Extraordinary GLENGARRY GLEN ROSS at Burlington County Footlighters

by Jack Shaw

David Mamet’s Pulitzer-prize-winning play makes everyone take notice and everyone should take note of The Burlington County Footlighters’ production of GLENGARRY GLEN ROSS. The acting was sterling, the lights and sound superb, and the set divine. Mamet uses some crude language to batter his characters, so audiences beware. However, if you can stand it, you are in for a treat.

The Chinese restaurant of Act I, with its decadent red wallpaper and framed fans, is perfect (and it has some significance in its own right, which will become clear later). Chinese music maintains the atmosphere between scenes in the first Act. The director, playing the Chinese server, is a nice touch. In Act II plays in a wonderful, cluttered, and apparently ransacked office. The office, robbed of sales leads, contracts and even phones, disrupts all that define the salesmen’s barriers to success. Perhaps, this action signifies an attempt by someone to start over.

The lights and music were spot on. Director Valerie J. Brothers’ directing blends naturally in the action.

Mamet uses language as action, too, telling us clearly, what he means. His character dialogues top and crisscross repetitiously and rapidly, as if slashing and biting. There is a fight for survival and dominance in action. His character monologues lash out in desperation or posture triumphantly.

The playwright’s repetitive language seems odd at first, but it works. We get it. Although the wordplay is exaggerated, for some reason that does not bother us. Perhaps, it is because we understand these men; some of us have felt their pain and triumphs, or, we have felt like one of the victims. Nonetheless, we know the job is hard and that it is tough to survive in that harsh, seemingly uncivilized environment. You have heard “it’s a jungle out there”. The wild animal bays at the moon, demanding its freedom from the drudgery of a relentless pursuit, or announcing its triumphant arrival to the pack.

Mamet’s real estate salesmen are like packs of wild dogs, wolves…or hyenas–all over each other and anyone who gets in their way. The incessant cursing is more akin to barking and howling; cries for help, mewling, cowering, begging and posturing to establish dominance. In human terms, the members of this pack will do anything—connive, cajole, lie, bribe and even steal–to achieve the prize that they are seeking and only one can have.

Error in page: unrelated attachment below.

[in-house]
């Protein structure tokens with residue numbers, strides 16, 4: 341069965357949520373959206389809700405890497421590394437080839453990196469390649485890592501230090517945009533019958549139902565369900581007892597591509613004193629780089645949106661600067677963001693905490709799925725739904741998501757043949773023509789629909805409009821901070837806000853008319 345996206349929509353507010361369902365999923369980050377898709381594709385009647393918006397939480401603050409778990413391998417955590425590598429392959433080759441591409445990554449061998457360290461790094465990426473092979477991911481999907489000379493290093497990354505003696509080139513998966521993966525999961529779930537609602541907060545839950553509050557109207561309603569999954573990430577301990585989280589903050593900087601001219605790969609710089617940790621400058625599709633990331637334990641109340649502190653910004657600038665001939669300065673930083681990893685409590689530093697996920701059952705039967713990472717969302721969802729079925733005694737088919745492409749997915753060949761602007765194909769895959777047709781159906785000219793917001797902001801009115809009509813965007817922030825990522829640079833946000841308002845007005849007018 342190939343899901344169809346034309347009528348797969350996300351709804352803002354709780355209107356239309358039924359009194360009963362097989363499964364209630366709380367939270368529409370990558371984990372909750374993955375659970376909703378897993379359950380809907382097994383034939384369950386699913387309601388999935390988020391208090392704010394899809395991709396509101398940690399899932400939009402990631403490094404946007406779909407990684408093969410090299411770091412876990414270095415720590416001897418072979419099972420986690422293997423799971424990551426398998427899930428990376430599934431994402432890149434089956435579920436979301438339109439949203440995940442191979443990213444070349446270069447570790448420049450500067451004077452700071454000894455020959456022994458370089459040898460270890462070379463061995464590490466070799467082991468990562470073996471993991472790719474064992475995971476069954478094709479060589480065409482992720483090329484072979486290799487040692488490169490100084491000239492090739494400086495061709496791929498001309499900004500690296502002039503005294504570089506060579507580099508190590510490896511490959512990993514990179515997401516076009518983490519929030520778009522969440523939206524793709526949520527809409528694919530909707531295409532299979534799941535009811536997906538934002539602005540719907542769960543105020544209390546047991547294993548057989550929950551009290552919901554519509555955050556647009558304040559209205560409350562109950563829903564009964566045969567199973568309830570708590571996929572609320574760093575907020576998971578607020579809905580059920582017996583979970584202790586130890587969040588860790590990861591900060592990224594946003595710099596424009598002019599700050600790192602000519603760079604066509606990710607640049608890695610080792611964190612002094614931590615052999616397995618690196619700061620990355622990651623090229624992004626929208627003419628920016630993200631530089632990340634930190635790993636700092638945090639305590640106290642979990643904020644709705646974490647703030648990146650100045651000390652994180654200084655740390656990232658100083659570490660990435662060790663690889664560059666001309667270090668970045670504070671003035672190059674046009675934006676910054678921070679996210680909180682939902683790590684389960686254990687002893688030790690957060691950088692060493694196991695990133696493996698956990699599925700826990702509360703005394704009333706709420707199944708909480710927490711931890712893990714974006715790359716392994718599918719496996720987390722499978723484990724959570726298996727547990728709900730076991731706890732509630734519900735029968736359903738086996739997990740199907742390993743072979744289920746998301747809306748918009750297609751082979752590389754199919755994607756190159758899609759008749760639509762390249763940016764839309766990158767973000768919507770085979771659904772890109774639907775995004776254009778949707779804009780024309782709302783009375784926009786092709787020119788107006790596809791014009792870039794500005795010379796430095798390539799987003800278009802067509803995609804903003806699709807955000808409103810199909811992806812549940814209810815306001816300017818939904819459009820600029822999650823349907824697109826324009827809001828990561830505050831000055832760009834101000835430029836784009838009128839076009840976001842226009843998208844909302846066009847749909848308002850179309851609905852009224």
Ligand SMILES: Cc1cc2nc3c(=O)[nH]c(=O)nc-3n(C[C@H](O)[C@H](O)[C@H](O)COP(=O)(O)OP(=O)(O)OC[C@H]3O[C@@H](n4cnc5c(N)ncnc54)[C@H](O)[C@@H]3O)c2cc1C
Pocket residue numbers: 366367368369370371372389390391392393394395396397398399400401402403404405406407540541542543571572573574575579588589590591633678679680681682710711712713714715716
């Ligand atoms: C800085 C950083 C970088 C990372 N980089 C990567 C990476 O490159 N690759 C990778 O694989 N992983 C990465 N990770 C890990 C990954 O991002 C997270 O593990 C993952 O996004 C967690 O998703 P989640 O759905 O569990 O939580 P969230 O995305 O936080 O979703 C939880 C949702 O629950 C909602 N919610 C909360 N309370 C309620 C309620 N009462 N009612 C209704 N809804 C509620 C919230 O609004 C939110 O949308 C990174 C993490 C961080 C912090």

They redefine the world to justify their existence. While there is a pecking order, occasionally a member or two fight amongst themselves and rails about his or her environment. Still they are predators, and we are the prey.

GLENGARRY GLEN ROSS is a scathing attack at the business world. The sales office of the play serves as a microcosm of capitalist culture: as the top man gets a Cadillac and the bottom man gets fired, every man must not only work for his own success but also hope for—or actively engineer—his coworkers’ failure. As for the red wallpaper in the Chinese restaurant: the communist atmosphere is in contrast to the capitalistic one

The BCF actors aptly portray Mamet’s well-defined characters.

Breen Rourke is impressive as the washed-up Shelley Levine. While he probably has the most lines in the play, it is because his character is not a smooth talker or timid as two of the other characters. Robert Hawkey plays Richard Roma, the man with the Cadillac who is a smooth talker. Both are truly excellent in these roles. Kevin Esmond makes John Williamson, the company man, quite believable. Another smooth talker and angry salesman, Dave Moss is admirably played by Daniel Brothers. Alex Krier gives George Aaronow his best, and Scott Ross gave a sympathetic edge to James Lingk, the victim. David Pallas plays the tough Detective Baylen, who stands up well against the others trying to berate him into submission.

BCF’s production takes full advantage of Mamet’s use of language to present the amazing business jungle that is GLENGARRY GLEN ROSS.

If you were ever sold something you did not want to buy…you can identify.

BCF’s production of GLENGARRY GLEN ROSS is a “must see!”

by David Mamet
Directed by Valerie J. Brothers
November 7-16, 2014
Burlington County Footlighters
808 Pomona Rd
Cinnaminson, NJ 08077


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